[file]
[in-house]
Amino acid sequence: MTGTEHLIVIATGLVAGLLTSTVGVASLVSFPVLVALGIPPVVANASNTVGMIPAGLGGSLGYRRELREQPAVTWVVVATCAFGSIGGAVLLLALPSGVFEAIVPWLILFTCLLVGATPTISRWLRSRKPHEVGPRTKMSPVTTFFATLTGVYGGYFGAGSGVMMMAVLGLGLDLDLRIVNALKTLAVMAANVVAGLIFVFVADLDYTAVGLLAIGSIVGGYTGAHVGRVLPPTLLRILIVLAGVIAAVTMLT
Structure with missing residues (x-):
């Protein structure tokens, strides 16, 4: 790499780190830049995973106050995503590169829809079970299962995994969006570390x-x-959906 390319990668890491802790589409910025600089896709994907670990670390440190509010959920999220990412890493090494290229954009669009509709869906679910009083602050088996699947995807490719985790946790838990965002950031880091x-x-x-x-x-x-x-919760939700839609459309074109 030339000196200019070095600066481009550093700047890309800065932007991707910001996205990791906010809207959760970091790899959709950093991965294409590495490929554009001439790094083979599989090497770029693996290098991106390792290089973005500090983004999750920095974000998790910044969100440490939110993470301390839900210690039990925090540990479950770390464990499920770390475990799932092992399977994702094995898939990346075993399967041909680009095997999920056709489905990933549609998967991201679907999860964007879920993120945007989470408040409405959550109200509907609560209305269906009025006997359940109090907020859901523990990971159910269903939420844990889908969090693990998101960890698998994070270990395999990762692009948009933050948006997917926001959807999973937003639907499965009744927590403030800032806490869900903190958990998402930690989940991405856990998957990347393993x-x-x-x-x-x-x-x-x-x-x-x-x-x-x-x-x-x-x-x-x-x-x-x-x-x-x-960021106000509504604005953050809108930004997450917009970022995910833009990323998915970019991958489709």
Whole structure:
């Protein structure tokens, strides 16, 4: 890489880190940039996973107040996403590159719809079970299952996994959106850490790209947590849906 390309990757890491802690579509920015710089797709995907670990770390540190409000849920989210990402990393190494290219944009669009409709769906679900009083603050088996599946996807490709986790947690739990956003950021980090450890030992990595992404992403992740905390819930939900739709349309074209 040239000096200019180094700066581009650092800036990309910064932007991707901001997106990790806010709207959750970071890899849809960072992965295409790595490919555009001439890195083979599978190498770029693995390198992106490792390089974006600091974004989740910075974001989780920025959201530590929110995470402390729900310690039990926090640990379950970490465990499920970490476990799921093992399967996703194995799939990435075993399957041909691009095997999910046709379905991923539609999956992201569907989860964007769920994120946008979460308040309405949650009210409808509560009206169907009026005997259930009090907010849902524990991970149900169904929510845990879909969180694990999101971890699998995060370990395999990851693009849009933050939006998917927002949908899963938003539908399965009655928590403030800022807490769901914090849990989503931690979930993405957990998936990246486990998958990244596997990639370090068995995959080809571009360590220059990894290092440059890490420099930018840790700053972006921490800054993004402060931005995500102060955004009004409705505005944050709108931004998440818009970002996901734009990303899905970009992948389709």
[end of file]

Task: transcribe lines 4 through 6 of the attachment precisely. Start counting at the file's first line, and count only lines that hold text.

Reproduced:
């Protein structure tokens, strides 16, 4: 790499780190830049995973106050995503590169829809079970299962995994969006570390x-x-959906 390319990668890491802790589409910025600089896709994907670990670390440190509010959920999220990412890493090494290229954009669009509709869906679910009083602050088996699947995807490719985790946790838990965002950031880091x-x-x-x-x-x-x-919760939700839609459309074109 030339000196200019070095600066481009550093700047890309800065932007991707910001996205990791906010809207959760970091790899959709950093991965294409590495490929554009001439790094083979599989090497770029693996290098991106390792290089973005500090983004999750920095974000998790910044969100440490939110993470301390839900210690039990925090540990479950770390464990499920770390475990799932092992399977994702094995898939990346075993399967041909680009095997999920056709489905990933549609998967991201679907999860964007879920993120945007989470408040409405959550109200509907609560209305269906009025006997359940109090907020859901523990990971159910269903939420844990889908969090693990998101960890698998994070270990395999990762692009948009933050948006997917926001959807999973937003639907499965009744927590403030800032806490869900903190958990998402930690989940991405856990998957990347393993x-x-x-x-x-x-x-x-x-x-x-x-x-x-x-x-x-x-x-x-x-x-x-x-x-x-x-960021106000509504604005953050809108930004997450917009970022995910833009990323998915970019991958489709």
Whole structure:
């Protein structure tokens, strides 16, 4: 890489880190940039996973107040996403590159719809079970299952996994959106850490790209947590849906 390309990757890491802690579509920015710089797709995907670990770390540190409000849920989210990402990393190494290219944009669009409709769906679900009083603050088996599946996807490709986790947690739990956003950021980090450890030992990595992404992403992740905390819930939900739709349309074209 040239000096200019180094700066581009650092800036990309910064932007991707901001997106990790806010709207959750970071890899849809960072992965295409790595490919555009001439890195083979599978190498770029693995390198992106490792390089974006600091974004989740910075974001989780920025959201530590929110995470402390729900310690039990926090640990379950970490465990499920970490476990799921093992399967996703194995799939990435075993399957041909691009095997999910046709379905991923539609999956992201569907989860964007769920994120946008979460308040309405949650009210409808509560009206169907009026005997259930009090907010849902524990991970149900169904929510845990879909969180694990999101971890699998995060370990395999990851693009849009933050939006998917927002949908899963938003539908399965009655928590403030800022807490769901914090849990989503931690979930993405957990998936990246486990998958990244596997990639370090068995995959080809571009360590220059990894290092440059890490420099930018840790700053972006921490800054993004402060931005995500102060955004009004409705505005944050709108931004998440818009970002996901734009990303899905970009992948389709």